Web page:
This section is from "The Horticulturist, And Journal Of Rural Art And Rural Taste", by P. Barry, A. J. Downing, J. Jay Smith, Peter B. Mead, F. W. Woodward, Henry T. Williams. Also available from Amazon: Horticulturist and Journal of Rural Art and Rural Taste.
This is also a seedling of Prof. Kirtland's, which has fruited regularly since 1845. My notes and figure of it were first made in 1847, and have been compared with the fruit yearly since that time. As a market fruit I think there is no cherry at same time of maturity that will compare with it. As an amateur's fruit to be grown for the desert, those who like Black Eagle will have no cause to complain of this variety. In point of productiveness the Black Eagle maintains no chance for comparison, and in flavor will only hold its own.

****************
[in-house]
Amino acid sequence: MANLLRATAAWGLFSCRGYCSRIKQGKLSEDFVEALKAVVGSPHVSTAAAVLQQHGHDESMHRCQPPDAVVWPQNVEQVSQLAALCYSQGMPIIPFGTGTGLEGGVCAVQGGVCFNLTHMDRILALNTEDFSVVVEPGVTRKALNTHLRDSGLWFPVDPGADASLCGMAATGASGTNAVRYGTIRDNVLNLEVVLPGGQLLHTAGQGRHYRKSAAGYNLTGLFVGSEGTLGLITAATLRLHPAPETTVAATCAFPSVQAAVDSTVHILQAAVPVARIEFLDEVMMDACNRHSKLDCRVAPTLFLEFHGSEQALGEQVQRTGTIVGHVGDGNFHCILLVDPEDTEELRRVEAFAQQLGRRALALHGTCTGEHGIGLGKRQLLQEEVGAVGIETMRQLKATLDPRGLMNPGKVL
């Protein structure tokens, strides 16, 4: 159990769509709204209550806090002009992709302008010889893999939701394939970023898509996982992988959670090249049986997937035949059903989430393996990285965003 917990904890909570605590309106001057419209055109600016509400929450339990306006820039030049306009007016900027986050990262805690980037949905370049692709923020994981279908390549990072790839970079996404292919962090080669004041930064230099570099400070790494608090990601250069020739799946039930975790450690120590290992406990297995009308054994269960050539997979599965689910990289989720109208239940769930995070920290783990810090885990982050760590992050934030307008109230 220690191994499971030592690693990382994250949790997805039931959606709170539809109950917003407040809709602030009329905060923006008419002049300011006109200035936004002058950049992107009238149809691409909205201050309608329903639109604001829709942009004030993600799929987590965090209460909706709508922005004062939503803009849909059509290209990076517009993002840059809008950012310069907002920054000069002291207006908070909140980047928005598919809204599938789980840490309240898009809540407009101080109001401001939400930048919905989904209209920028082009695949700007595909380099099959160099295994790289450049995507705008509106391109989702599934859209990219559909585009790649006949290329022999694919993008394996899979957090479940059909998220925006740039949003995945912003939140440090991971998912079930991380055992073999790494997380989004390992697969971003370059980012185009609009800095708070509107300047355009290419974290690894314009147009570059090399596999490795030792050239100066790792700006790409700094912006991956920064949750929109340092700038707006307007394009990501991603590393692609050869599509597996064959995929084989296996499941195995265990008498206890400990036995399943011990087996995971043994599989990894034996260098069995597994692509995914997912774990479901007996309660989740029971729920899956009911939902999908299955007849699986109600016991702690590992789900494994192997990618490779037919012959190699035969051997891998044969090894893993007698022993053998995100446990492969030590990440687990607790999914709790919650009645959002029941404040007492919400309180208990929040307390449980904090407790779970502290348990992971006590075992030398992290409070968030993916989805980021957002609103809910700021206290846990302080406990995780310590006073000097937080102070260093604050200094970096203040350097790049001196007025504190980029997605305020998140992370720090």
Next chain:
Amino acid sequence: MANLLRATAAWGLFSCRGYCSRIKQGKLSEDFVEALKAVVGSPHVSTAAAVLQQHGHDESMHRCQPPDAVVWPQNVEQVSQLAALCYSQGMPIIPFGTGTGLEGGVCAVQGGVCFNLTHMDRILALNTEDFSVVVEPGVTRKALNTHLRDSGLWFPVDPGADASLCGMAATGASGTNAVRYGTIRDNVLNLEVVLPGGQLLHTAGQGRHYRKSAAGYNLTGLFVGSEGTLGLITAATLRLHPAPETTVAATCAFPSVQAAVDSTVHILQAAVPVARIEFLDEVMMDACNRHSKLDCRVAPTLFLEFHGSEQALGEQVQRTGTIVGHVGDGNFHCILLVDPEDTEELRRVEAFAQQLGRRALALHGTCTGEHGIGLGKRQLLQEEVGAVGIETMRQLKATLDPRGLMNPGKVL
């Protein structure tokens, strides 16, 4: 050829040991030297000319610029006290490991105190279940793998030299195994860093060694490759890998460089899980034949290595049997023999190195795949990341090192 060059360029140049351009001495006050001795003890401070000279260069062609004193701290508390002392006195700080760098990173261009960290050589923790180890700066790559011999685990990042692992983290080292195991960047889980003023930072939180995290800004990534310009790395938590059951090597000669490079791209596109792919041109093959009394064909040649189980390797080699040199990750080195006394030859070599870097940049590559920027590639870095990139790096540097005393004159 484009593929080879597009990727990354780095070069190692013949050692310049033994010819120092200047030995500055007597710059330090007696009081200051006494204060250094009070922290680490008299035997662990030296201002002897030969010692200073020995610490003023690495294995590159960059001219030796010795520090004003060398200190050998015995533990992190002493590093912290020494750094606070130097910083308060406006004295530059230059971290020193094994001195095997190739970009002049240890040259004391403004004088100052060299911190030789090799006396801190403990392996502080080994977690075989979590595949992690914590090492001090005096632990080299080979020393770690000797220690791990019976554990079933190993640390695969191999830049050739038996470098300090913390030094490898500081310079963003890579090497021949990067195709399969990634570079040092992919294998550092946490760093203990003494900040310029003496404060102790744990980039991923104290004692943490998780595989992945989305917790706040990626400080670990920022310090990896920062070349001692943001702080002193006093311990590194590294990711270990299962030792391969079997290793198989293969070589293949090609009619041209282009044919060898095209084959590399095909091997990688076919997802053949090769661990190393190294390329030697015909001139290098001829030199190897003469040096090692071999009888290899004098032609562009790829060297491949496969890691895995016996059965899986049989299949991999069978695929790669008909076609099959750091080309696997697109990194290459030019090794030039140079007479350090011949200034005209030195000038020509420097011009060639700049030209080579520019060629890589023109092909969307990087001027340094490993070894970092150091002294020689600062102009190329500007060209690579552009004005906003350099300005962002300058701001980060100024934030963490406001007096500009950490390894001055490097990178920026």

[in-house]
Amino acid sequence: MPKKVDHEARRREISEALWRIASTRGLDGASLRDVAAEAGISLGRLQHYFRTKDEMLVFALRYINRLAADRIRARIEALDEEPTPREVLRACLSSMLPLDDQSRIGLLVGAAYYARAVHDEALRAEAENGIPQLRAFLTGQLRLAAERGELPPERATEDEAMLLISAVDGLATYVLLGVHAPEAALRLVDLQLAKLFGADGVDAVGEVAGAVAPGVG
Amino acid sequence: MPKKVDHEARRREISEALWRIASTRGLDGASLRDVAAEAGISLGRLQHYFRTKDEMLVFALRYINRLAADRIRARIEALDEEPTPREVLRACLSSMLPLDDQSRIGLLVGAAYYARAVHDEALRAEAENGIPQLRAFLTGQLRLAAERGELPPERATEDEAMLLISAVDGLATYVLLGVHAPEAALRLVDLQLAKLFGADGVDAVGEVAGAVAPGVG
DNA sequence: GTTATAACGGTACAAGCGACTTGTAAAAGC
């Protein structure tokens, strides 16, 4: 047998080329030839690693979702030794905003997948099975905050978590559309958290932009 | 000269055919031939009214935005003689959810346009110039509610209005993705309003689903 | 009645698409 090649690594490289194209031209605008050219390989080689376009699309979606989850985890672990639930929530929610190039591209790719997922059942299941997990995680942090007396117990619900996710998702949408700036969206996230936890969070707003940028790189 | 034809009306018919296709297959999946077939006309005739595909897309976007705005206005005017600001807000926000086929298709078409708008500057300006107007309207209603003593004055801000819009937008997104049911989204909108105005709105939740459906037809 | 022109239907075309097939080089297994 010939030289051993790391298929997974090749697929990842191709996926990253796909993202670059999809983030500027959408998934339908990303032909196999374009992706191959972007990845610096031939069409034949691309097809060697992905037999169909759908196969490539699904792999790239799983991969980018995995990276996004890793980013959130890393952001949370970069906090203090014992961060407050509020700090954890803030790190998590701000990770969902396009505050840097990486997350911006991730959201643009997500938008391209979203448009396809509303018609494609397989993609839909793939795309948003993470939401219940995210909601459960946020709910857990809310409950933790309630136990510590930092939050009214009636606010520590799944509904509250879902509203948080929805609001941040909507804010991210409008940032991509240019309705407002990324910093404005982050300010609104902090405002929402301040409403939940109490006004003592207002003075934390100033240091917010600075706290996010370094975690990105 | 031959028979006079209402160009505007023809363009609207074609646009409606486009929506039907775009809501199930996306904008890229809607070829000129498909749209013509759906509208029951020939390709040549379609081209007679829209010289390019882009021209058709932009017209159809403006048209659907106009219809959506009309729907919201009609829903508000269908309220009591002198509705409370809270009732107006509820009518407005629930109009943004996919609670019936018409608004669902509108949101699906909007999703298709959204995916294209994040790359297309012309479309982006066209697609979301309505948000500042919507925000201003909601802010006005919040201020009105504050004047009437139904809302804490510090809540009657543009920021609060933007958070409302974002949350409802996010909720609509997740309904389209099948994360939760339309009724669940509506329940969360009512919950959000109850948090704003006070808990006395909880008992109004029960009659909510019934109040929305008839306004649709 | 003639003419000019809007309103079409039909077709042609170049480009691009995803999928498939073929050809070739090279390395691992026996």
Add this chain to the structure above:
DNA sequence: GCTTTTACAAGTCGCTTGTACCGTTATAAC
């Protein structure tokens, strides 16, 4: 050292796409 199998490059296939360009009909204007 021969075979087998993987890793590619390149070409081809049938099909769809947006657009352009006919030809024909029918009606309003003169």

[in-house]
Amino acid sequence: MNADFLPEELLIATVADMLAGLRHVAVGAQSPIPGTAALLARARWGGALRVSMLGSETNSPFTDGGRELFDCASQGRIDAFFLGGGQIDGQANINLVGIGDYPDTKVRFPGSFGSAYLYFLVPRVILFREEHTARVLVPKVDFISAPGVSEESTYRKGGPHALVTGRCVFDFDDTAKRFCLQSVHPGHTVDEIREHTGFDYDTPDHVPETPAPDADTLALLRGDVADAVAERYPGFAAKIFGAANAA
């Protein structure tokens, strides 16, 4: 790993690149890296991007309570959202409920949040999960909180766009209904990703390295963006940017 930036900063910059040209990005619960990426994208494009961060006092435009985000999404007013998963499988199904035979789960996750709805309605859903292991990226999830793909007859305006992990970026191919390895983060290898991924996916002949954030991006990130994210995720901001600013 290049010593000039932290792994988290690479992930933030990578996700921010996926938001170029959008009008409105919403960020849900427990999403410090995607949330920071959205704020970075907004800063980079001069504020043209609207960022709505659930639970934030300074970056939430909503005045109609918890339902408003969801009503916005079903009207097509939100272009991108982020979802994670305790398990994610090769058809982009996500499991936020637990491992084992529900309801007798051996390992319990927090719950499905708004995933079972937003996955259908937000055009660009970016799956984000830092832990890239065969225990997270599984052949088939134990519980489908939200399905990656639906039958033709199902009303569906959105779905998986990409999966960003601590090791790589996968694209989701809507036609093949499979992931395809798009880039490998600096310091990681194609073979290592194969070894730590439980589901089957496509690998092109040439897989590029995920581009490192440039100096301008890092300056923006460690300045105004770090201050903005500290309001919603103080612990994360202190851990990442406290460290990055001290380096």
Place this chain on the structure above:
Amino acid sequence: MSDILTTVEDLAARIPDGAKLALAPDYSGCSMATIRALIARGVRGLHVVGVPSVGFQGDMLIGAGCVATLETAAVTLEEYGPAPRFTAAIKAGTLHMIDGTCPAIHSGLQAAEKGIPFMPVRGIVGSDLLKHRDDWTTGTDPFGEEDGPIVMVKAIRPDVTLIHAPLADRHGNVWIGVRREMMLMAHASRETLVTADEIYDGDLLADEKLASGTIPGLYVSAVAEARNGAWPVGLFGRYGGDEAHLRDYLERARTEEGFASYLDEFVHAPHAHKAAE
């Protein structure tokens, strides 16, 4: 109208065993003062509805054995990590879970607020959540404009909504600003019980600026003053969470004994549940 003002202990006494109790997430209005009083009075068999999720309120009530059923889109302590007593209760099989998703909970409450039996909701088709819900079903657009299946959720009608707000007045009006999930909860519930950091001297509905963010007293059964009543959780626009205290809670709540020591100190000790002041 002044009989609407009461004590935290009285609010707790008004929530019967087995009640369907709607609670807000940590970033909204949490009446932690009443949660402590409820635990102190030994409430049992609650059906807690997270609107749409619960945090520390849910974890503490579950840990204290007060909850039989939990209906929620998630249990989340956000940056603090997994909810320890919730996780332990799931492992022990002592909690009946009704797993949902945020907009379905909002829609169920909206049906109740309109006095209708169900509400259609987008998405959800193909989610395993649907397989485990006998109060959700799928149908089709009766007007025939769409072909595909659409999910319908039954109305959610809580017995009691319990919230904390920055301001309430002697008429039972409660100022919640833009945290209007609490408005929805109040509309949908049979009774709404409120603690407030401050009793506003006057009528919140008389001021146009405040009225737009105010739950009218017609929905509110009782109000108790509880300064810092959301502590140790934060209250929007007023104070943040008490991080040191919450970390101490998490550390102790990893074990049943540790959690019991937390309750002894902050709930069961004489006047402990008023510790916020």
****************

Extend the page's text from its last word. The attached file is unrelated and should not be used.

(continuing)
Governer Wood Cherry.
Description. Size - with Black Eagle. Form - heart shape, sometimes obtuse and varying to pointed. Color - dark purplish black, when ripe almost coal-black; surface uneven. Stem - stout, inserted in a broad cavity. Flesh - -dark purplish black, half tender, juicy, good flavor, rich and sweet. Pit - medium size, its surface undulating like the surface of the fruit. Ripe a few days later than Black Tartarian. Very respectfully. F.B.Elliott.
Cleveland, O., July 6,1851.
We have fruited for a couple of seasons several of the Ohio seedling cherries of Prof. Kirtland, described by Mr. Elliott in a former volume - and can bear testimony to their being a most valuable acquisition to our list of cherries. Rockport, Bigarreau and Kirtland's Mary may be classed with the few most select standard sorts admirably adapted to this climate. We therefore gladly give place to the preceding account of two more new sorts likely to supercede foreign varieties formerly considered first rate. Ed.
Slack Hawk Cherry,